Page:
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John Mulvaney John Mulvaney i(A29097 works by) (a.k.a. Derek John Mulvaney; D. J. Mulvaney)
Born: Established: 26 Oct 1925 Yarram, Yarram - Woodside area, Central Gippsland, Gippsland, Victoria, ; Died: Ceased: 21 Sep 2016
Gender: Male
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John Mulvaney (FAHA, FBA) was the first university trained archaeologist to work in Australia. He became interested in prehistory while stationed in England during World War II and studied Roman history at the University of Melbourne. After writing a masters degree in 1950 on Roman history in Britain he became interested in Australian prehistory and applied to study archaeology at Cambridge Unviersity.

In 1957 John Mulvaney established an honours course on Pacific prehistory at the University of Melbourne. He was professor of prehistory at the Australian National University 1971-1985. His studies and excavations changed the prevailing understanding of Aboriginal history by showing that Australia had a history before European colonisation.

Source: Sally Pryor, 'Past Master', The Canberra Times (12 March 2011): Panorama 10-11

Most Referenced Works

Awards for Works

[Review] The Biggest Estate on Earth : How Aborigines Made Australia 2012 single work review
— Appears in: Australian Aboriginal Studies , no. 1 2012; (p. 108-110)

— Review of The Biggest Estate on Earth : How Aborigines Made Australia Bill Gammage , 2011 single work non-fiction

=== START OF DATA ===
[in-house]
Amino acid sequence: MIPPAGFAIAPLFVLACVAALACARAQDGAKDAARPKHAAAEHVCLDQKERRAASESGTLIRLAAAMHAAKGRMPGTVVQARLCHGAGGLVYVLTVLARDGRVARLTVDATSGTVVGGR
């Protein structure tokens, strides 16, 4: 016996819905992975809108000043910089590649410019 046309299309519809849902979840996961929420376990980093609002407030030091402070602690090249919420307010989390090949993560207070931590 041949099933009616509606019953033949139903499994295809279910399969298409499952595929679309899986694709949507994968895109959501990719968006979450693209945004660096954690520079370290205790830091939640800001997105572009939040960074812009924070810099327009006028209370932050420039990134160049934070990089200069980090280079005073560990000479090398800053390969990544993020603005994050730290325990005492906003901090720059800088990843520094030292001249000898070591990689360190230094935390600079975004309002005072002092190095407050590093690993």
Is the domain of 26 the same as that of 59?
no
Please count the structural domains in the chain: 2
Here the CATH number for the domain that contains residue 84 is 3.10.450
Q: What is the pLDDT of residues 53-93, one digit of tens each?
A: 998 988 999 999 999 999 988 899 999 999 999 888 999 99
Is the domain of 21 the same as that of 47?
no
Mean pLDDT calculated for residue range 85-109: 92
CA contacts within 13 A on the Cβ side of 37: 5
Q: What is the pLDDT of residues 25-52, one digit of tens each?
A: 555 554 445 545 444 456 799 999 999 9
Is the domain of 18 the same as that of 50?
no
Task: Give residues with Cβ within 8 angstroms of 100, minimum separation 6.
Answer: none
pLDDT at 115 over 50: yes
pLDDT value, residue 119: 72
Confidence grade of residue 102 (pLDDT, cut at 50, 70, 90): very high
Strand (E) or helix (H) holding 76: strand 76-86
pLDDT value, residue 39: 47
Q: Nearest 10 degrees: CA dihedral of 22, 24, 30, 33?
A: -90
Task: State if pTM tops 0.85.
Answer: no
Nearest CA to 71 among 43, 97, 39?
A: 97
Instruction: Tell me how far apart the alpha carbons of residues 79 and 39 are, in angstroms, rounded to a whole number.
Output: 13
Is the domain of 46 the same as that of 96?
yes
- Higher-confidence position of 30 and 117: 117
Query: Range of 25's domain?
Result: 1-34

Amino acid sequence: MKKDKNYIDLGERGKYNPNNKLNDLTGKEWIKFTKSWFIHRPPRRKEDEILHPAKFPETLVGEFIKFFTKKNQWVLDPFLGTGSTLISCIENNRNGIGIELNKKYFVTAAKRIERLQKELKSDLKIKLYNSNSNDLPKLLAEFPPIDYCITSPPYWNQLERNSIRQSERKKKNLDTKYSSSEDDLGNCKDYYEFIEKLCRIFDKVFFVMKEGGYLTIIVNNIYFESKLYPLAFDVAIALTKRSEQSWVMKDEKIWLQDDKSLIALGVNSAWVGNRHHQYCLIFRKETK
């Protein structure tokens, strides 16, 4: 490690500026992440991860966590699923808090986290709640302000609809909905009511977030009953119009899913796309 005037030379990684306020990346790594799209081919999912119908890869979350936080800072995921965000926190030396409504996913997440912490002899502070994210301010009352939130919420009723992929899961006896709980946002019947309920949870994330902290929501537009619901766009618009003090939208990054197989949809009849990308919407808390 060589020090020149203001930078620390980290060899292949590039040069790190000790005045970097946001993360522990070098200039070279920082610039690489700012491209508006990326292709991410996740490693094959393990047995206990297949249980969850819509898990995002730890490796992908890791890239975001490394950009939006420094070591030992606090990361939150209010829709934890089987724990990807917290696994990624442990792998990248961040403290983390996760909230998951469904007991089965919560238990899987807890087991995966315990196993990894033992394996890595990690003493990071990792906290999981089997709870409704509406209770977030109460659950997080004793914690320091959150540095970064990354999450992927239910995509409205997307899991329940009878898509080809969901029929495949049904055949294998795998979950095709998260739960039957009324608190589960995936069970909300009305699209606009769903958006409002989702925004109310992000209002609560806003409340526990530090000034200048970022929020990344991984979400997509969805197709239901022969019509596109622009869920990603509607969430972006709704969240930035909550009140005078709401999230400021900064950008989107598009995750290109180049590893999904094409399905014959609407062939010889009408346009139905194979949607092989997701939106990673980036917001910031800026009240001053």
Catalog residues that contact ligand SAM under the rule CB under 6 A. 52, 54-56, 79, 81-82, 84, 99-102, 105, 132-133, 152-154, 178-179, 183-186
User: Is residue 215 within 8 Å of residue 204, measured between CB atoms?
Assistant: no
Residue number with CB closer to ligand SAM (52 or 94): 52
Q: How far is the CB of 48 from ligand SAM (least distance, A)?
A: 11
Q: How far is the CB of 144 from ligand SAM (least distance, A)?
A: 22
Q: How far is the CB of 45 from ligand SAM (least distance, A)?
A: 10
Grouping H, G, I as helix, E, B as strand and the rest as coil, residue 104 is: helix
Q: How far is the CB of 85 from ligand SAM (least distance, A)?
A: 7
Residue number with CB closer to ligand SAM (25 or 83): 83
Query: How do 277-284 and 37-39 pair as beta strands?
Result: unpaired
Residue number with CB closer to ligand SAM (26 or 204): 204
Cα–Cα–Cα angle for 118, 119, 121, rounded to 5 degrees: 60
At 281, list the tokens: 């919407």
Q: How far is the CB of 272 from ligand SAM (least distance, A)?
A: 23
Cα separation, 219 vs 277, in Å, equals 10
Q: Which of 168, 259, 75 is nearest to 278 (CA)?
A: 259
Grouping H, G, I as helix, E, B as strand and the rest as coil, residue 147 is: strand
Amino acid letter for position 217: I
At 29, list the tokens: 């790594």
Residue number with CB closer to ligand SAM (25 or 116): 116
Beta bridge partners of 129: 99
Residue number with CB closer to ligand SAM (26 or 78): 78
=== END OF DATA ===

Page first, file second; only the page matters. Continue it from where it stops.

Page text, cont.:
'Bill Gammage has done Indigenous Australians a great service and other Australians should ponder his thesis. This book is a great read and an intellectual and moral achievement. Well written, insightful, scholarly and continental in scope, it is a landmark in our historical appreciation of Australia’s landscape in (Gammage’s omnibus chronological term) ‘1788’.'  (Introduction)

2013 Shortlisted New South Wales Premier's Literary Awards Douglas Stewart Prize for Non-Fiction
y separately published work icon Paddy Cahill of Oenpelli Canberra : Aboriginal Studies Press , 2004 Z1172056 2004 single work biography This biography recounts the story of one of the Northern Territory's historically colourful characters who was an energetic frontiersman, pioneer of tropical horticulture, agriculture, and more controversially, Protector of Aborigines. Viewed from today he was a stern manager although his views changed significantly with time.
2005 winner Chief Minister's Northern Territory History Book Award
Last amended 17 Oct 2016 11:55:37
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